Various researchers around the globe are developing ways to detect Alzheimer's as early as possible. After all, early detection gives people the power seek treatment that can slow down the condition's effects, as well as enough time to get their legal and financial affairs in order. Some decided to focus on blood and cerebrospinal fluid tests, while others are developing gadgets that can look for early signs. A team of researchers from the University of Bari in Italy, however, believe the answer lies in artificial intelligence. They developed an algorithm that can spot tiny structural changes in the brain caused by the disease a decade before symptoms even appear.
They trained their AI by feeding it 67 MRI scans -- 38 from Alzheimer's patients and 29 from healthy controls. The researchers divided the scans into small regions and had their AI analyze the neuronal connectivity between. After training was done, they tested the algorithm by having it process brain scans from 148 subjects. Out of the total number, 48 were scans of people with the disease, while 48 were scans of people who suffered from mild cognitive impairment and eventually developed full-blown Alzheimer's.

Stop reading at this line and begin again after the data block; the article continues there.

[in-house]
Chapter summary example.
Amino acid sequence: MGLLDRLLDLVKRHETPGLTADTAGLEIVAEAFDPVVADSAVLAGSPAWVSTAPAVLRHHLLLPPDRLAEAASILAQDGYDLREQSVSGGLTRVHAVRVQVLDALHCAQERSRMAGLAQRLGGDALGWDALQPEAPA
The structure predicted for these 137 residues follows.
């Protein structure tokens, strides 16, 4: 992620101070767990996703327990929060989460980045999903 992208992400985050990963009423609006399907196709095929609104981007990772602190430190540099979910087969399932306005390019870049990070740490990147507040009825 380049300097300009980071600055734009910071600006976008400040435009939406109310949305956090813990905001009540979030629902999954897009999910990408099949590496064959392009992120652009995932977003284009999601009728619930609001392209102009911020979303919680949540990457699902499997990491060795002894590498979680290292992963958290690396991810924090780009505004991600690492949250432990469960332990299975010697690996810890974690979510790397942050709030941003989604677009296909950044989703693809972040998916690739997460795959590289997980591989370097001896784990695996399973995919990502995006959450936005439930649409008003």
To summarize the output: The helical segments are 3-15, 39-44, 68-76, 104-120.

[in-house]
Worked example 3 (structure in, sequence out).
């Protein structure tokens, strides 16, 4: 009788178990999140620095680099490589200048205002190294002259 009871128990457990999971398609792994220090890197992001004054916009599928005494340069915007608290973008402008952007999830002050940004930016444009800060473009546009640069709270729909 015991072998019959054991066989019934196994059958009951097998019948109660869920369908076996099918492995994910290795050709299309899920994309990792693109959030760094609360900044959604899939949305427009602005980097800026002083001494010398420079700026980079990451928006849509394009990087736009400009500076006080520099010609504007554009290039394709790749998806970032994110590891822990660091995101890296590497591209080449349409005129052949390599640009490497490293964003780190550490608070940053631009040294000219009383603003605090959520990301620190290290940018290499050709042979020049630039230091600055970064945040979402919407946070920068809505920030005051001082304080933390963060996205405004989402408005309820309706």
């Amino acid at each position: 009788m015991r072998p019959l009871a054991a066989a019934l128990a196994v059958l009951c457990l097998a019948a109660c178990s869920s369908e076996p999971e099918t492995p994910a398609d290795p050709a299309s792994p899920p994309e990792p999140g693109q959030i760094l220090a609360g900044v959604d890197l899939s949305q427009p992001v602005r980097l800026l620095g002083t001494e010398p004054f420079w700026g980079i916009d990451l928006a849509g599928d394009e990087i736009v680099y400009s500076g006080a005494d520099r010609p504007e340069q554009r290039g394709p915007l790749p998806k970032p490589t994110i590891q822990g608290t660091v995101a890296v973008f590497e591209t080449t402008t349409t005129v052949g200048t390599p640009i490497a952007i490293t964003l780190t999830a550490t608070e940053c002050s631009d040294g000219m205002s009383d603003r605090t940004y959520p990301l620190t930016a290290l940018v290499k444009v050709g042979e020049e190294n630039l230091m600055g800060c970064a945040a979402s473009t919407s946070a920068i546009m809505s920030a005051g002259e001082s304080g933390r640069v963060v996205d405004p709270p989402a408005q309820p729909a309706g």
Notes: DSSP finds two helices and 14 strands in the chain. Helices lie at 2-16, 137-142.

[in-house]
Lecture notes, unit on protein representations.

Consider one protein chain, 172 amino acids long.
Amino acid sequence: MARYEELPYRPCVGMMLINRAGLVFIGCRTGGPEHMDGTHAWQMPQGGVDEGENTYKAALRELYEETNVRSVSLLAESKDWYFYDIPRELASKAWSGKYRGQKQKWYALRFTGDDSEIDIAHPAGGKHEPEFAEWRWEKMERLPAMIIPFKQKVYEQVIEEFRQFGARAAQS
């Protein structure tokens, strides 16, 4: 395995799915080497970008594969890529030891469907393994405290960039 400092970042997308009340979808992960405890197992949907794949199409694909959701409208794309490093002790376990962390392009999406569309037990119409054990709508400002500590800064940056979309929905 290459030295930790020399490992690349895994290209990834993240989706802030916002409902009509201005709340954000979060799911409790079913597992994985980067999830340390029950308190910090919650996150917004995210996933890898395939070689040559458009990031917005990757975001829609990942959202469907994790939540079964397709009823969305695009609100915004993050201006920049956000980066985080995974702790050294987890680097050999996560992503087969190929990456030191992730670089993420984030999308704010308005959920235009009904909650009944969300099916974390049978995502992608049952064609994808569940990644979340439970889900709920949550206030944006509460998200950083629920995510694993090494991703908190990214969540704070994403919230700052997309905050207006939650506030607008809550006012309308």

The AI was able to diagnose Alzheimer's 86 percent of the time. More importantly, it was able to detect mild cognitive impairment 84 percent of the time, making it a potentially effective tool for early diagnosis. Unfortunately, the researchers were limited to the scans in USC LA's Alzheimer's Disease Neuroimaging Initiative database. With more samples and further development, though, the AI could become more accurate until it's reliable enough to be used as a non-invasive early detection system.